In this relation, an article entitled "Recognition of rectangular fields in facsimile document and handwritten discrimination numbers therein", 12th Picture-Engineering Conference 7-2, is known as a proposal for a region-extracting method for extracting picture regions of the same kind from a picture. According to this method, first a picture is divided into small regions; then, it is binary-coded and thereafter the small regions in the entire picture are collected in a plurality of large rectangular regions. Next, each large rectangular region is divided into window regions, and the probability of occurrence of a black picture element and the local deviation thereof within a window are determined. In addition, the amount of data area-projected on coordinate axes (X, Y) is determined as peripheral distribution. Then, the attributes of "photograph", "drawing" and "writing" are discerned according to the probability of occurrence of the black picture element and the local deviation thereof within the window, and the periodicity of the peripheral distribution is checked. Based on the results of these processes, determination is made between "writing" and "drawing", and the extraction of regions is conducted.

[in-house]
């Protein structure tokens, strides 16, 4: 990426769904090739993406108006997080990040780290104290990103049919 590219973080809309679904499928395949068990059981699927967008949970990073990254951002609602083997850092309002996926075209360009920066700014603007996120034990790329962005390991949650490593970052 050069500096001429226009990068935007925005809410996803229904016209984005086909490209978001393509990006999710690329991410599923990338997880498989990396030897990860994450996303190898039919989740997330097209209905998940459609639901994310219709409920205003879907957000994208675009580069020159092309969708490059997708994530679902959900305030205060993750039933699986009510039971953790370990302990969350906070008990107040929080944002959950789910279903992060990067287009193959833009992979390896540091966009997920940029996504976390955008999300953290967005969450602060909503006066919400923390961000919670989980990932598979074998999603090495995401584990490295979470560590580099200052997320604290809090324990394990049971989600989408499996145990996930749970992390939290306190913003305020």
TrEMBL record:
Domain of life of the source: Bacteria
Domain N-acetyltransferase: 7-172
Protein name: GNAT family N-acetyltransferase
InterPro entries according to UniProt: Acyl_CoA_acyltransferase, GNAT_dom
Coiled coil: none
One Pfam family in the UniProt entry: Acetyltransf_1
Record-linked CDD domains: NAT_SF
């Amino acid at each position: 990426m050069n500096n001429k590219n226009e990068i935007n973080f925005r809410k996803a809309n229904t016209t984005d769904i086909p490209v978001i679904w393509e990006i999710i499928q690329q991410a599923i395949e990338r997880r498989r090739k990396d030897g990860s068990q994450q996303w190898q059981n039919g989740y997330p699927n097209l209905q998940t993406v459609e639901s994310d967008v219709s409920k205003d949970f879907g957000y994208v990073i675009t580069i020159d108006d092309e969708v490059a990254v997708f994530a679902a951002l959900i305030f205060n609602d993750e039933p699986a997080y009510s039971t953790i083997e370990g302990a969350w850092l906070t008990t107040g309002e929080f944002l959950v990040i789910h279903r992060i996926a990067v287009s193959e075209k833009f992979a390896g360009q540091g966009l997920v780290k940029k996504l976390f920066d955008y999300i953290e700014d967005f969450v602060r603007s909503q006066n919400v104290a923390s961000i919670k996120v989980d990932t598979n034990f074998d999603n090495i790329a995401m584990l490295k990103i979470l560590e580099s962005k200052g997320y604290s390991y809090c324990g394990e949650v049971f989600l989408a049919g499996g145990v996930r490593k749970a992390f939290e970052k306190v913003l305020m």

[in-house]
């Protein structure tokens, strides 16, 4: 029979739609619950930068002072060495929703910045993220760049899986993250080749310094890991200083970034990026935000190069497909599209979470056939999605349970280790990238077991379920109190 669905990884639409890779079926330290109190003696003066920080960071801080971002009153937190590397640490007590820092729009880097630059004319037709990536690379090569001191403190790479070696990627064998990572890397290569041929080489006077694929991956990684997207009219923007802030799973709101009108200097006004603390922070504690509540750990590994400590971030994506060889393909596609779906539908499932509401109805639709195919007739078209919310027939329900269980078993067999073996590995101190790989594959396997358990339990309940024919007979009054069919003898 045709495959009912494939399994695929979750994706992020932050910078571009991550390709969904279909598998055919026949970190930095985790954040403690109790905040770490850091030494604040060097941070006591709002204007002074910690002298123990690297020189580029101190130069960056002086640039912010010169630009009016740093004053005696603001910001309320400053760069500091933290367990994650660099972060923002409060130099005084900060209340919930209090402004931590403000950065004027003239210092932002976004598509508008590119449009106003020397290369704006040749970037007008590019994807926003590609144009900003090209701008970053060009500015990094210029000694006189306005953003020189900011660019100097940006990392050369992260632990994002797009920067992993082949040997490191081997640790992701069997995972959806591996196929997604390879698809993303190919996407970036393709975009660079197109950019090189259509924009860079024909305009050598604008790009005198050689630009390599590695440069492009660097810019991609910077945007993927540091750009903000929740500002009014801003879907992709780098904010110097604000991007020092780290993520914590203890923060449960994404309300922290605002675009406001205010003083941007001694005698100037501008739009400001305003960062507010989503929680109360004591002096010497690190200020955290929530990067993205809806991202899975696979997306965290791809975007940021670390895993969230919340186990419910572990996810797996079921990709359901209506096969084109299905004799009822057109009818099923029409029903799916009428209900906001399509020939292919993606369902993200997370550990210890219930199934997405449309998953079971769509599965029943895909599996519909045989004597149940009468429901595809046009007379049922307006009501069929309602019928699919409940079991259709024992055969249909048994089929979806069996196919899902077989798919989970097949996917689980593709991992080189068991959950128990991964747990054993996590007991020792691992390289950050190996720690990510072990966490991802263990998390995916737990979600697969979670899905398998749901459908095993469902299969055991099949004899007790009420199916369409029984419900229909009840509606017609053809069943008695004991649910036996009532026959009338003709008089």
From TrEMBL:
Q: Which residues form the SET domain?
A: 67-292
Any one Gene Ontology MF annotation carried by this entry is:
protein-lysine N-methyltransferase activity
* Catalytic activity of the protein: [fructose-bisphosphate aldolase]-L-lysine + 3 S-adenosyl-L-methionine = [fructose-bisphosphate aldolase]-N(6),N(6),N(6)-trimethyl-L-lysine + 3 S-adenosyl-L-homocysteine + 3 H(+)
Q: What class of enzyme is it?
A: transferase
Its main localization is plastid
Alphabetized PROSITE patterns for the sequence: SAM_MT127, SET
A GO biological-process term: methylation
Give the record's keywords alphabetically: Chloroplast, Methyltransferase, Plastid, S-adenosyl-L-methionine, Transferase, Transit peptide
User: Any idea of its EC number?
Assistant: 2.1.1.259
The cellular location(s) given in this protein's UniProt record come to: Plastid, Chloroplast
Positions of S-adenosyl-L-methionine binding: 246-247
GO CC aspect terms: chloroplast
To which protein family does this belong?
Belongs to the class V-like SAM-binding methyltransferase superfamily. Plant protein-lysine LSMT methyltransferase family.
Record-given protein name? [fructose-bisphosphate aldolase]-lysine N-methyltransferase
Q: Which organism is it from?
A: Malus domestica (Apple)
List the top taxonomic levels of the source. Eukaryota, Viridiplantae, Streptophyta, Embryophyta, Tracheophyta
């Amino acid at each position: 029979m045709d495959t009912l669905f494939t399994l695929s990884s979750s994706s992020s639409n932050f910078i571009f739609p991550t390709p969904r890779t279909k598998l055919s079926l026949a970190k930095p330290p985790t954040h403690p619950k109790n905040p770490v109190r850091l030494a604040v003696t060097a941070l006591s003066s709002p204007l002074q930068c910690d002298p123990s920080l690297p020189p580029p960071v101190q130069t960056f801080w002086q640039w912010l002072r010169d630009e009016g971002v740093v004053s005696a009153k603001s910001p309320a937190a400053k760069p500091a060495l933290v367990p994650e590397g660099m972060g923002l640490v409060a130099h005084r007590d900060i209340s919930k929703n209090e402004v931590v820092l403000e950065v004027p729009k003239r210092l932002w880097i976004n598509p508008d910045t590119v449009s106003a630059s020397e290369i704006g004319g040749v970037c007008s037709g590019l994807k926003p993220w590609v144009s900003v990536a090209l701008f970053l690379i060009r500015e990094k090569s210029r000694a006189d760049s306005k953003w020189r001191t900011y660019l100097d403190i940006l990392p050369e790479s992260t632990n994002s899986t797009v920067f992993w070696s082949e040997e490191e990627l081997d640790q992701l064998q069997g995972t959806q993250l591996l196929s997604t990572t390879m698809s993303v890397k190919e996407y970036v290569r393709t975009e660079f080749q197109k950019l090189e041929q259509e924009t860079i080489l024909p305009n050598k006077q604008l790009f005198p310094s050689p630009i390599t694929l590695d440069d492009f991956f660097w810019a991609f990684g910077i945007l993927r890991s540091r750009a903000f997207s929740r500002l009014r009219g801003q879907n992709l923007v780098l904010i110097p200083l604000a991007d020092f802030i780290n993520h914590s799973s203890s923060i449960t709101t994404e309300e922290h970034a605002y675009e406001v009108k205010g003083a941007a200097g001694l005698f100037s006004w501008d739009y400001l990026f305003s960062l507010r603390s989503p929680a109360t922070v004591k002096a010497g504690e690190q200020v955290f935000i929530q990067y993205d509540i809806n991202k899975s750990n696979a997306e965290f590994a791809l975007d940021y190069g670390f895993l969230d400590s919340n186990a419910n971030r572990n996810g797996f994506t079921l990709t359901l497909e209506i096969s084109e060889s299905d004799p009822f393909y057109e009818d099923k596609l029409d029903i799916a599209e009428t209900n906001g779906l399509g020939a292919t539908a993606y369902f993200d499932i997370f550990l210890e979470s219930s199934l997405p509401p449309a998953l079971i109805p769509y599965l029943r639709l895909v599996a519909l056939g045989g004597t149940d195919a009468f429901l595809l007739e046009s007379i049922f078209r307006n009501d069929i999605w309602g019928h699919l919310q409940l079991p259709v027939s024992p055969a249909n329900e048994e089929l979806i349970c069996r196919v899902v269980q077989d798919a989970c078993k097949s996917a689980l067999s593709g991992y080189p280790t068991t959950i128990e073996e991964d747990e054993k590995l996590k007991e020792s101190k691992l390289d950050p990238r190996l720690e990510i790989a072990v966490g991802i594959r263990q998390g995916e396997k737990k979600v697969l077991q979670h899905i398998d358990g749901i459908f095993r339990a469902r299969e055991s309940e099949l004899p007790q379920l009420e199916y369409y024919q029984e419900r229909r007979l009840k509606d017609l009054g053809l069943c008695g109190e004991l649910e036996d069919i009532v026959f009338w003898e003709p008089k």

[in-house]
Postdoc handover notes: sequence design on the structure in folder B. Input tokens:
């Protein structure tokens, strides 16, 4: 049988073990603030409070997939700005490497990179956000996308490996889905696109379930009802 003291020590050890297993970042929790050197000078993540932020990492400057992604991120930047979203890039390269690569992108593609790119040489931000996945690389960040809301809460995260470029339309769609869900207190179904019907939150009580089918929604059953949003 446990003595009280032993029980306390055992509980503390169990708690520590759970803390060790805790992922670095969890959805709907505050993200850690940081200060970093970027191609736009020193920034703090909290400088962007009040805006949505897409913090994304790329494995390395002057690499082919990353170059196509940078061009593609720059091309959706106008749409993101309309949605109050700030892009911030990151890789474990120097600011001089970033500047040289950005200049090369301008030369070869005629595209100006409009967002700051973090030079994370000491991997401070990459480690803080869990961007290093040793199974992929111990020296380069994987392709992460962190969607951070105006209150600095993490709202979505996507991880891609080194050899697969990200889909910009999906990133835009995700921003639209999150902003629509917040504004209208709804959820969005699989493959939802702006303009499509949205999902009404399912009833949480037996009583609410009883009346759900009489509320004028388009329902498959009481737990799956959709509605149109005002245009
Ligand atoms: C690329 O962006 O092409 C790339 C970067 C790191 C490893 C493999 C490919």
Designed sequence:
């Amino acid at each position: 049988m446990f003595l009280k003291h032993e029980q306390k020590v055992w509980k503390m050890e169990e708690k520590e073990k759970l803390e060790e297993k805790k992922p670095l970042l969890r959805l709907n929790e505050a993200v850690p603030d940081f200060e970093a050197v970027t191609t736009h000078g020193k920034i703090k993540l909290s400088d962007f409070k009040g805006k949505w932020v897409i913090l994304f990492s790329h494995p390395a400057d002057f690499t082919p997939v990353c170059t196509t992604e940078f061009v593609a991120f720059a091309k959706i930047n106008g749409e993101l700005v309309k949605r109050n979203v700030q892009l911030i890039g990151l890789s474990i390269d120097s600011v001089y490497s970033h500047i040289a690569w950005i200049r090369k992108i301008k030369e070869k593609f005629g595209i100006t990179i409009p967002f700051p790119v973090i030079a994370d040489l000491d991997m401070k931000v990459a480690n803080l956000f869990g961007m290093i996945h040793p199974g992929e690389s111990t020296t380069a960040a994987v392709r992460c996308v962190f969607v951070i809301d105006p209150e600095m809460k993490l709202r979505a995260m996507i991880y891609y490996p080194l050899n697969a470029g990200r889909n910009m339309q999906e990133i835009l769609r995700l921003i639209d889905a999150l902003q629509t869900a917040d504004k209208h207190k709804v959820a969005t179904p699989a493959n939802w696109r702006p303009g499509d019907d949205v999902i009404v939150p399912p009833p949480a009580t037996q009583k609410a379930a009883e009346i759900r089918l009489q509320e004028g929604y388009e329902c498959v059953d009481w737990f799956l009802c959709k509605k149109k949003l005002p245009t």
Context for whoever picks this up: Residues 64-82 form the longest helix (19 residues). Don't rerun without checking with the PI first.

This method, however, has problems that it is inadequate for coping with regions having arbitrary forms since the process of collecting regions in the large rectangular regions together is taken initially, and that the extraction of regions is difficult for a character unit having no periodicity. Thus, an art adaptable for any arbitrary form and picture ("picture" means not only a tonal image) has been wanted.
The present invention is designed in view of the aforesaid problems, and an object thereof is to provide a method of discriminating pictures, which enables the determination of a continuous tone picture even when its density varies sharply.
The method of the present invention designed for solving the aforesaid problems is characterized in that, a picture is first binary-coded. The variation in the number of black picture elements constituting black picture element regions within a discrimination unit area is determined. Alternatively, the variation in distance between said black picture element regions is determined. It is then determined from said variations whether said discrimination unit area is of a halftone dot picture or not. Finally, if the picture is not a halftone dot picture, it is determined from the rate of background whether the above discrimination unit area is of a line picture or not.